Monday, February 1, 2016

Fishing Limbo = Tying Times

  Weather conditions late last week had finally come together in a wintry way to make 5"-8" of safe, black ice on Cook's Bay, prompting Tackle Shop and I to plan our first trip of the season out for jumbo perch. We spent Thursday night charging batteries, swapping reels over to the short rods, and generally organizing tackle and sleds. My phone rang long before sunup Friday morning with the news from TS that there were 50kph wind gusts out on the bay and even the ice hut operators were hesitant to venture out on the slick , barren ice under such conditions. Since then we've taken another ride on this winter's weird weather roller-coaster. This afternoon it was shirt sleeve temperatures out and our start to the 2016 ice fishing season has taken another giant leap backwards. door closes, another door opens. While waiting for optimal ice and weather conditions I've continued to over pack my fly boxes with new creations. The other day I found a few things that had worked their way to the back of a couple drawers: some popper bodies and some Fish Skull Sculpin Heads.
  These were tied with marabou tails, mohair leech yarn bodies and collars of either marabou or polar ice chenille.

  I suppose the "art" in tying popper bodies lies primarily in painting and to a lesser degree in material selection for the tail. I don't own an air brush or any paints, just a couple bottles of nail polish but I've got tail materials coming out of my tail.
  While at Bass Pro Shops a few weeks ago I made a point of re-stocking my supply of deer belly hair. hoping to get more practice in spinning and stacking. My first project was an exercise to practice shaving the hair to it's final shape using a double edged razor blade, so I chose to do a simple bomber.
  Using the flexible blade is far faster and easier than clippers and allows for a smother curved surface but requires a subtle, practiced hand. Once the material's removed, there's no putting it back.

 You really couldn't call this a popper as it doesn't have the classic cupped face. I'd over trimmed the deer hair around the hook eye to the point where a cupped face was impossible to make so I left a lip projecting above the eye and applied a thin coat of 5 minute epoxy to stiffen it up. One door closes... this gave me a brainstorm for my next tie.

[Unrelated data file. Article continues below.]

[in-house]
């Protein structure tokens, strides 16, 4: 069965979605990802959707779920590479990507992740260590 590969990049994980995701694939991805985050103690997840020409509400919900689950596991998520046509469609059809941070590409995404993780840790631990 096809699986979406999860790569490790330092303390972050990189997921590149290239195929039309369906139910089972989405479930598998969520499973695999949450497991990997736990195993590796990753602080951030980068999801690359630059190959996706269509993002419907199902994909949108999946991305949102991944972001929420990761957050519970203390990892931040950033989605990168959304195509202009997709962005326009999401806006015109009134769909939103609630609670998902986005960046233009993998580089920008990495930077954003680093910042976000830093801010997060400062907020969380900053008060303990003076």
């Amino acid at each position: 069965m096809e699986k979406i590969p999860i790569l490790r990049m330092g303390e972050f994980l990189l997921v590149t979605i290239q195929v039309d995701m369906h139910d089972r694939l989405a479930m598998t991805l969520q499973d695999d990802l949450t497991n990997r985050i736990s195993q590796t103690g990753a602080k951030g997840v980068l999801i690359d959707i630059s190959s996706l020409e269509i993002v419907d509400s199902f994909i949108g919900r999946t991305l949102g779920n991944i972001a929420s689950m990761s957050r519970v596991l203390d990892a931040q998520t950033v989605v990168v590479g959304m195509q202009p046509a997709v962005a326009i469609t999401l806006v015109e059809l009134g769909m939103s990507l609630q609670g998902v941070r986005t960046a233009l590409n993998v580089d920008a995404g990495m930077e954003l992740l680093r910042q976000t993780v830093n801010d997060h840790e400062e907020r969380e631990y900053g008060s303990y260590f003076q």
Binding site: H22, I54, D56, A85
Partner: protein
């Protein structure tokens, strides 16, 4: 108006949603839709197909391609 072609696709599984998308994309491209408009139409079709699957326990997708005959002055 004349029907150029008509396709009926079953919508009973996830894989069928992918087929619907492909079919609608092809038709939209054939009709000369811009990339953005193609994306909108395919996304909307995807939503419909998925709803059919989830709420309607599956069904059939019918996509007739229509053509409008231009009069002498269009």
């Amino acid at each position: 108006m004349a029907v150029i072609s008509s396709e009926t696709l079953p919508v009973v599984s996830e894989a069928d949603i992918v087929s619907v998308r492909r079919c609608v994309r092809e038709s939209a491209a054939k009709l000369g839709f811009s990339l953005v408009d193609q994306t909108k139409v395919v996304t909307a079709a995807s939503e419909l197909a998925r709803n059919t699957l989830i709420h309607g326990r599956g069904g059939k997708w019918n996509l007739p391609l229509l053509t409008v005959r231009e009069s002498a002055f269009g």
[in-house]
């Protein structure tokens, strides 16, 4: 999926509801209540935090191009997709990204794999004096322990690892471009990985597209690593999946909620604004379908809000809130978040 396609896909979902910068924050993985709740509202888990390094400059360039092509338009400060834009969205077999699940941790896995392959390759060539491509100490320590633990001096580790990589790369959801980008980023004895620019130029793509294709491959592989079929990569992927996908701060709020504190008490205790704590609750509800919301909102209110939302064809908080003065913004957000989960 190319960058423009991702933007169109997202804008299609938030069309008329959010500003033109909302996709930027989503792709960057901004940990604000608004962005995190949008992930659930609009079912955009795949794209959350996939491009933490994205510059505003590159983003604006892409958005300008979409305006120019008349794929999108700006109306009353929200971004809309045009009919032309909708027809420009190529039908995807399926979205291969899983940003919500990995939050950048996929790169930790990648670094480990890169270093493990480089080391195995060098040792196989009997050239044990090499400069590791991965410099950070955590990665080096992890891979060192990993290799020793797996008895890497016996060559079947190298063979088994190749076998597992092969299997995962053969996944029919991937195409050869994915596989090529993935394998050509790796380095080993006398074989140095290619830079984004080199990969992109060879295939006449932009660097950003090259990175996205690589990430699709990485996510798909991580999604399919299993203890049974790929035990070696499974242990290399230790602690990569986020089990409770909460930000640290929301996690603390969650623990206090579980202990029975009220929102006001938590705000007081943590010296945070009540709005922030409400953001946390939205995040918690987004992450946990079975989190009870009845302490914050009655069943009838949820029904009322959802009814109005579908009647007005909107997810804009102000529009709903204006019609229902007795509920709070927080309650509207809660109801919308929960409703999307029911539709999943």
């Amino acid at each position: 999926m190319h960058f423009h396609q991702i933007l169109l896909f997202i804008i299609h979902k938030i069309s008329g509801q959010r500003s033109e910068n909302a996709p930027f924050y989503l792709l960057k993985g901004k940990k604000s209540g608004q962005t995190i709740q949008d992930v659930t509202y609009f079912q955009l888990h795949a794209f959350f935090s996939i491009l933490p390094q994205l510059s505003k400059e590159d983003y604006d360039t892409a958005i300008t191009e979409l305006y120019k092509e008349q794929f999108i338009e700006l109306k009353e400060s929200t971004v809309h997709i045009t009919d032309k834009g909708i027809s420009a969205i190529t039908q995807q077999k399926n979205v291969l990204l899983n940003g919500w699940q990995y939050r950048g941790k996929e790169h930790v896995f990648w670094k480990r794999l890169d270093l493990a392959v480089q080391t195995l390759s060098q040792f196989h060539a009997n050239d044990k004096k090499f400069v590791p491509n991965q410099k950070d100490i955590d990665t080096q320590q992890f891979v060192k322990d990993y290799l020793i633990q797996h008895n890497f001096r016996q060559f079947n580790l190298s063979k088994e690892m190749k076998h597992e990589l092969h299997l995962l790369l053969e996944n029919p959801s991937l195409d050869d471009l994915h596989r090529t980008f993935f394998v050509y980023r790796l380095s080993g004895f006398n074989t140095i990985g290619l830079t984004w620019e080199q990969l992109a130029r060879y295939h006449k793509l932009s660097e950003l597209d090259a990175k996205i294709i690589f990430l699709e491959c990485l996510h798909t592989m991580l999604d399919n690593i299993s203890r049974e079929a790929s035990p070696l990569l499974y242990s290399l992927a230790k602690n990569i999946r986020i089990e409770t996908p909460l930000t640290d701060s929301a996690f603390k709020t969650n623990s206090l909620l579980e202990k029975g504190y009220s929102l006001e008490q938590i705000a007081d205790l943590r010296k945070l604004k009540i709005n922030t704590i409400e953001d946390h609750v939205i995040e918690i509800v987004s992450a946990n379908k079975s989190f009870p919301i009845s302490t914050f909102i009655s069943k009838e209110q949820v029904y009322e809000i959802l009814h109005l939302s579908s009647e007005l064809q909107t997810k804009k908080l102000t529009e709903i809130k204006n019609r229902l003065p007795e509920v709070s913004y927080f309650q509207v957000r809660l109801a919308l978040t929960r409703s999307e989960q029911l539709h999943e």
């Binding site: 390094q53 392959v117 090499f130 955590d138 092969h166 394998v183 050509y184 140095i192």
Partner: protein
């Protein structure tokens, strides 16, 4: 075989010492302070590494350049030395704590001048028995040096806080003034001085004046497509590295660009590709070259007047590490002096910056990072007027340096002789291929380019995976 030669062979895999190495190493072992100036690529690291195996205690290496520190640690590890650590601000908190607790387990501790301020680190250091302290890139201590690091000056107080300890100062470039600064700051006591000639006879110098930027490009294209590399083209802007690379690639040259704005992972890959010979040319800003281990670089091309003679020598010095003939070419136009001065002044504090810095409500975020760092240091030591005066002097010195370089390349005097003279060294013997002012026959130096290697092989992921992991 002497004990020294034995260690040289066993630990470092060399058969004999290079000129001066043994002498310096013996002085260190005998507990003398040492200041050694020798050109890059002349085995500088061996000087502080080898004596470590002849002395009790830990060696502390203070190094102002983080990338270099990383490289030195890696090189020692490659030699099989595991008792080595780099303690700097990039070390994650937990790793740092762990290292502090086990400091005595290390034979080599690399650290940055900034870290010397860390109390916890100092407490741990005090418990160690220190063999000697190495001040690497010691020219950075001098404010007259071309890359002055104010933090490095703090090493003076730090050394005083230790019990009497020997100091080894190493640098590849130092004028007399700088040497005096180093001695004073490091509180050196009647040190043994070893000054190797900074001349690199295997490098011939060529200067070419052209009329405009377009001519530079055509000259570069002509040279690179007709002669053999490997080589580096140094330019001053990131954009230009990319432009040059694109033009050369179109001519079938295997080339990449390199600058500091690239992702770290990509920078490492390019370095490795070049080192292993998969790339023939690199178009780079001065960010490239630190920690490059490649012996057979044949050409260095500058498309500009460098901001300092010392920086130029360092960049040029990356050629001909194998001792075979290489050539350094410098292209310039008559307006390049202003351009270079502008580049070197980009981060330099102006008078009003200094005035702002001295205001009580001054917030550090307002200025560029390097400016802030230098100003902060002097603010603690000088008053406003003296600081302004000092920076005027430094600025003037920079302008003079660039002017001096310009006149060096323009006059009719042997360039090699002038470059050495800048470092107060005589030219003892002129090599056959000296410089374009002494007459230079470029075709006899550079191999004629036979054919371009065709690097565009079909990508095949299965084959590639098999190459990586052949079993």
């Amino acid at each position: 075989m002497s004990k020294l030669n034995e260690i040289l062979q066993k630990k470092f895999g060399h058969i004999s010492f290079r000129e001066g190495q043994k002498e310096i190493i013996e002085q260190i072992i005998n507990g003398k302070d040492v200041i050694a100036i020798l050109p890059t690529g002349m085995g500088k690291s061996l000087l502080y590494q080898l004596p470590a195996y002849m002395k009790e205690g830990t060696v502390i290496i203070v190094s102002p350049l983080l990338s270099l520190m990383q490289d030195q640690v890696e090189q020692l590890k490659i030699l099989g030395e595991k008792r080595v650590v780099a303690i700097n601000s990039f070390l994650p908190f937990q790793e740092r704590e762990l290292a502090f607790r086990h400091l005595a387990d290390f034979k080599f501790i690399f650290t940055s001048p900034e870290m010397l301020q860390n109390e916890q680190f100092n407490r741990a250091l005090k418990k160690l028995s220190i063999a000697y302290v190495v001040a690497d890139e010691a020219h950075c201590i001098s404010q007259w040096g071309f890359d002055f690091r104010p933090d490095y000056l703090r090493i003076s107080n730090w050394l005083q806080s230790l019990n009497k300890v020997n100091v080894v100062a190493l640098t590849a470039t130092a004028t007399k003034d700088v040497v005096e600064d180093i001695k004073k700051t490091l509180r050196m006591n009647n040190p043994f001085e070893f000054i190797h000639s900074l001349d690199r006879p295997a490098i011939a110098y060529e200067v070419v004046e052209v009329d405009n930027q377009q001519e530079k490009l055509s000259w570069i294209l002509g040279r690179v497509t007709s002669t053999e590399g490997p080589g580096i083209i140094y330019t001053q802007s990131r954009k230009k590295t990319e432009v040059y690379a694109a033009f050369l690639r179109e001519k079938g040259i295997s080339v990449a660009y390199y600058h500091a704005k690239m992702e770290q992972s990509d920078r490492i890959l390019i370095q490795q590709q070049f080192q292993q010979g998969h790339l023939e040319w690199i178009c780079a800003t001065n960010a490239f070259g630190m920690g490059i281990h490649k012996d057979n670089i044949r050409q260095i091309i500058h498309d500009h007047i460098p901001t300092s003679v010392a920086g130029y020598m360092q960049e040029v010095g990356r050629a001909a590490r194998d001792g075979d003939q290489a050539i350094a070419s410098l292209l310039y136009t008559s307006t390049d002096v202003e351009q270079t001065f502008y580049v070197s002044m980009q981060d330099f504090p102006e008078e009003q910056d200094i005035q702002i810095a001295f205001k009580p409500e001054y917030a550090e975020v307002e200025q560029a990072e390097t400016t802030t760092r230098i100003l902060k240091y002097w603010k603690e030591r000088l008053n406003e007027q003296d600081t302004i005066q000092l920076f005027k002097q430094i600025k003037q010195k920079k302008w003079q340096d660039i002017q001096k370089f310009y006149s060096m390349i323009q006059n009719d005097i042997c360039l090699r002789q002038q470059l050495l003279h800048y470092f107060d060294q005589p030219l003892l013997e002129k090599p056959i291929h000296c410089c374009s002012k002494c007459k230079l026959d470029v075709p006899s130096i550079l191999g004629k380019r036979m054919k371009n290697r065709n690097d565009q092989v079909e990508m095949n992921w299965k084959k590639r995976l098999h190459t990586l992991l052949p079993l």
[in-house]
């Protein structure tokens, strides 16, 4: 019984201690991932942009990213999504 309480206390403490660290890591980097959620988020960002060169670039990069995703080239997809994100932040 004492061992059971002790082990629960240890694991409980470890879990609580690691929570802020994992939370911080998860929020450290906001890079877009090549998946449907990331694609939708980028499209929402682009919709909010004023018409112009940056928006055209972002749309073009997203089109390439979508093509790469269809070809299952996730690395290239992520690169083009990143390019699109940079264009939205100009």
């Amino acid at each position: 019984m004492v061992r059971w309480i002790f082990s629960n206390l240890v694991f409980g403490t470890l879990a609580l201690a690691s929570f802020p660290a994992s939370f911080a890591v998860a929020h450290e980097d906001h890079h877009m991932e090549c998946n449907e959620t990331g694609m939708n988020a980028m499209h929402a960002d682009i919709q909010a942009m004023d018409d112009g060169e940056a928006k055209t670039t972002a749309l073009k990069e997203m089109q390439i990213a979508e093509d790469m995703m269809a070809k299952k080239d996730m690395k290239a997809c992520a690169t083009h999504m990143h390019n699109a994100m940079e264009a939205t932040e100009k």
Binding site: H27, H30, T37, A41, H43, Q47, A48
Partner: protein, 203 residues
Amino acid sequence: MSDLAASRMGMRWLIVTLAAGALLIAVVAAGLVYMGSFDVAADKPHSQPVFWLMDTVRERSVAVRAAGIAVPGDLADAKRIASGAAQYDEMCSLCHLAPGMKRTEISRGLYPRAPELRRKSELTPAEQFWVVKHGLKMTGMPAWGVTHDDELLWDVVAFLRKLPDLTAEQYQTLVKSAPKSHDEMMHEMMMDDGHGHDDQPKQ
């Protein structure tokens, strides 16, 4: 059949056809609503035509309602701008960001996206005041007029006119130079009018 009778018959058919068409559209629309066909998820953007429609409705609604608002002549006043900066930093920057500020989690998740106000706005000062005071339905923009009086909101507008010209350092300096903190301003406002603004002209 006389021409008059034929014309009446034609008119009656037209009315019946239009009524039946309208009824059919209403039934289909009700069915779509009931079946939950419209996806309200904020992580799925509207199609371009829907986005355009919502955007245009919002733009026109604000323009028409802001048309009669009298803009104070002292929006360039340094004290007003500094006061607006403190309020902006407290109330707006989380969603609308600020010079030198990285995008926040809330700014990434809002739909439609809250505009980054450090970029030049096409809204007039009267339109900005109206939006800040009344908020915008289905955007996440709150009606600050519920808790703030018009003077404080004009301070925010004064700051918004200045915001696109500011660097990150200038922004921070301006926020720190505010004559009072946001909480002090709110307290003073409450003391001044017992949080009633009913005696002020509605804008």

Before trimming
After trimming

   After trimming I made several thin coats of epoxy on the lip, gently shaping it into a slightly cupped shape that you might find on a crank bait. My aim was to create a fly that would dive with a gentle side to side wobble on the strip and bob back to the surface on a slack line. Whatever the final results may be when I finally get a chance to try it, I made a huge pile of shaved hair and had a great time in the process of making it! What else are you going to do when you find yourself in fishing limbo?


  1. Very creative John.
    Groundhog around these parts says we are going to have an early spring.

    1. Thanks Alan.
      Our gh predicted a long winter. It's 61 degrees out as I write this!

  2. Some interesting creative patterns you've whipped up. The lip on that fly intrigues me, and I wonder how the action will be on that. You'll have to do a review on that, I'll be looking forward to it. Kudos to you for being able to stack hair. I have not attempted to do such a thing, yet. It doesn't look easy.

    Fly tying is a great way to keep your head in the game and your mind fishy.

    1. Ihanks Justin
      My mind's so fishy these days that it's attracting flies.
      Stacking's not that difficult, but it's heartbreaking when you trim through the thread!

    2. I hate doing that tying up streamers, so, I can only imagine.

  3. LOVE the spinning! Very nicely done. Keep them coming!

  4. Thanks Ralph.
    With this weird weather, warm water fishing might not be that far off. Now's the time to stock up on bugs.